As soon as I was on the front porch, I didn't know what to do. Everything was so new, my senses
were doubly overwhelmed. In a split second I decided that killing myself could wait just a few moments.
Right now I simply had to sniff around these wooden panels. 
	And in one swift movement, I was scooped up and tossed back into the house, through the open
door. I landed on my chin, that asshole always did that to me. He didn't notice the half-mangled squirrel
shoot out the door behind him, either--he only caught Jonny, who was trying to follow it, by the tail as he
went for the freedom I had just tasted. He picked Jonny up too, who for a moment watched the squirrel hop
down the porch steps on its head and then scramble up one of the trees in the front yard. Jonny was thrown
toward me, and I had to dodge to keep from getting hit by his body. 
	The black one shut the door. 
	I expected Jonny to get up and tell me that this was all just tough luck. Instead he got up and shook
his head a bit. Then he shot into the kitchen as if I had just electrocuted him, but he was actually completely
ignoring me. I was beginning to come to terms with the fact that my life had simply suddenly become very
bizarre. Maybe I should just find some way to deal with it. I needed to find an outlet, some way to work it
	I walked back over to Shiva's cage, and I leaned my two front paws on the glass. "Do you
understand me, Shiva?" I asked. She did not respond, not even with any kind of movement. I continued, "Do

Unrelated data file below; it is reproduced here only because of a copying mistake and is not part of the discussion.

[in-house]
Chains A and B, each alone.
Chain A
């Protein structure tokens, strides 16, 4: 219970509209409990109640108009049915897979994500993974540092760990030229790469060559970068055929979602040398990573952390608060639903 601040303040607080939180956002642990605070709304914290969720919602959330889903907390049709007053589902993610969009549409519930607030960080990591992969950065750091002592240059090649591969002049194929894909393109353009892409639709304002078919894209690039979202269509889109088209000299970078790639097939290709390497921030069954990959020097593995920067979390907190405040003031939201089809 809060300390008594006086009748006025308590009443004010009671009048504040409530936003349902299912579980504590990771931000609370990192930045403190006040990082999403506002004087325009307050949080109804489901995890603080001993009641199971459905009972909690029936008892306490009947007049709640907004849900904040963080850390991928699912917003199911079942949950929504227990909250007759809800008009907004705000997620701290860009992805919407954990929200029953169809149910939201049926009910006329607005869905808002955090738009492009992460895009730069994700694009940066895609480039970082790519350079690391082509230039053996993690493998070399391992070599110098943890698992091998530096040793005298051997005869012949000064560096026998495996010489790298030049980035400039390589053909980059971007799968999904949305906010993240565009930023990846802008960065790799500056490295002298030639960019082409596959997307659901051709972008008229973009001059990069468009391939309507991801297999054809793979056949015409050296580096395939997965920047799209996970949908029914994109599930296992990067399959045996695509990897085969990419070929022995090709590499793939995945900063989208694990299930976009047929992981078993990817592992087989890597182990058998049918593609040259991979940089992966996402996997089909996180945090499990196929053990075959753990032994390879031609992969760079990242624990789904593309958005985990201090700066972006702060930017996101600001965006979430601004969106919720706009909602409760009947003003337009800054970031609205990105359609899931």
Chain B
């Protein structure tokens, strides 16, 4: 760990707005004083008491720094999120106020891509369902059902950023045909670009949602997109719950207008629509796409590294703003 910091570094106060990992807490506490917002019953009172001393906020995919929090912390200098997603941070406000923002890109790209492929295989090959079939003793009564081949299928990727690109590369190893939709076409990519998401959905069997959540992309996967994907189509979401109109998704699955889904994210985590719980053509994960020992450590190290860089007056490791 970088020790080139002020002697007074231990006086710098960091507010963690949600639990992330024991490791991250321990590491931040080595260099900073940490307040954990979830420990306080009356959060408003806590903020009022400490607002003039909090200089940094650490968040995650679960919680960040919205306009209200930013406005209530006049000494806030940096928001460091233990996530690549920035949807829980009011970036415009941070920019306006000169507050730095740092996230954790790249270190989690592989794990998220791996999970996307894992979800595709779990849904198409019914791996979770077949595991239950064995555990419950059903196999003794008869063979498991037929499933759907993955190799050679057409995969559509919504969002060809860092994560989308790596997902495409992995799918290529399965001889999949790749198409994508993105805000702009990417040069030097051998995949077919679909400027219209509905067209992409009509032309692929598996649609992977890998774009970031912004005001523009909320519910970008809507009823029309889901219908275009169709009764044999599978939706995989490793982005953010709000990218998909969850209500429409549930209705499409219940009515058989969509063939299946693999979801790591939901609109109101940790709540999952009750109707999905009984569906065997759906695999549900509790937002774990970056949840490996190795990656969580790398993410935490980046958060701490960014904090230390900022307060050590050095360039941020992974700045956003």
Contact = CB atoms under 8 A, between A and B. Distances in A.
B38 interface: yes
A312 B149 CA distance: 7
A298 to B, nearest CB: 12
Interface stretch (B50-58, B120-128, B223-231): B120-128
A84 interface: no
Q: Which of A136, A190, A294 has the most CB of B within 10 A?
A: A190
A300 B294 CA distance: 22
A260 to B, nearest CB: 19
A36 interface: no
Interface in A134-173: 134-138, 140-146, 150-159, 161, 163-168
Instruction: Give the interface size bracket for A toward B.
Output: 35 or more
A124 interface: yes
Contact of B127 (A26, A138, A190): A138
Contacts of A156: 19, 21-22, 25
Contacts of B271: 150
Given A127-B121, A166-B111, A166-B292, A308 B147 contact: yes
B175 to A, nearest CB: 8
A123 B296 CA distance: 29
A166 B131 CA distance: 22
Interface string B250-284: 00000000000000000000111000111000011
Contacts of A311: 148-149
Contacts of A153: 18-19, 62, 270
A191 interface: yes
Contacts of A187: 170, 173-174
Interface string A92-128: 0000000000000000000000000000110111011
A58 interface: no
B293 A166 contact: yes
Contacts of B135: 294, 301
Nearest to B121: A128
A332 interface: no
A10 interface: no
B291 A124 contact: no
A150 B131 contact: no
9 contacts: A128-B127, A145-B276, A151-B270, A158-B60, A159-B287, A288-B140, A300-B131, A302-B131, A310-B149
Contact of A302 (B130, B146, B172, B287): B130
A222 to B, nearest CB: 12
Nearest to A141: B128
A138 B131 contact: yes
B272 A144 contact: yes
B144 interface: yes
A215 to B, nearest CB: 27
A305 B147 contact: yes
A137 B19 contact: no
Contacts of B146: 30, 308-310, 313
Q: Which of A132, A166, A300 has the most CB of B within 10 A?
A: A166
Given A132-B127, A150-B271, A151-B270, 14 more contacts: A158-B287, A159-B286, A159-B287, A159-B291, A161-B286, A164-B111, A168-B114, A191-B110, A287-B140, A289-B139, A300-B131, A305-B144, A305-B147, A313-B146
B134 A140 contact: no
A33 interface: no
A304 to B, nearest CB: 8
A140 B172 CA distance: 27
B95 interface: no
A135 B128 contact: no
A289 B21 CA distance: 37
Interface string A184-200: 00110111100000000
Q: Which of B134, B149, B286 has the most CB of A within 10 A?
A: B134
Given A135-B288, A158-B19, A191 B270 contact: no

you know what's going on?" This was also met with no answer. I began to wonder if I could learn to read.
Could I get away with trying that in front of any of the people? Probably not. They thought it was cute when
I used to watch TV, but that's not really what I was looking at.
	I got down from the cage and started making my way back to the black one's room. How could I
ever learn to deal with this? Could I try to just kill myself while I was inside the house? I decided to stop
dead in my tracks and hold my breath. 
	After a minute or so I passed out.

	I woke up in my usual spot on his bed, and it was in the middle of the night so he was there too,
breathing into the back of my head. He was too asleep to notice me moving; I got up to see if I could make
any sense out of my lost time. I sat up on my front legs and stared down into his face. He was drooling onto
his pillow. I always hated it when he did that--why do people do that? I thought maybe now we could have a
private conversation. Evidently holding my breath hadn't worked. Maybe I could get some answers out of
this guy yet.
	I looked at the clock. I had never looked at it in any of my previous days, but now I saw that it was
past midnight. My birthday was over. Was this day anything like a midlife crisis? Where was I supposed to
go from here? Some birthday present.
	I looked at the black one again--he wasn't quite as black at night, with all of those clothes off. I
batted his cheek with my paw, hoping to wake him up. Then he shoved me off the bed, into the fairly narrow
space between the side of the bed and the sliding glass door.
	I promptly jumped back on the bed, but at the foot of it. Then I caught sight of his computer, at the
other end of the room. It very quickly got me thinking. I thought and thought. 
	Was this the outlet I was looking for? 
	. . . Could I possibly get away with that?
	Could I actually find something I could consider worth living for? At least for a while longer?

				("copywrite" 10:35 p.m. monday october 6 1997)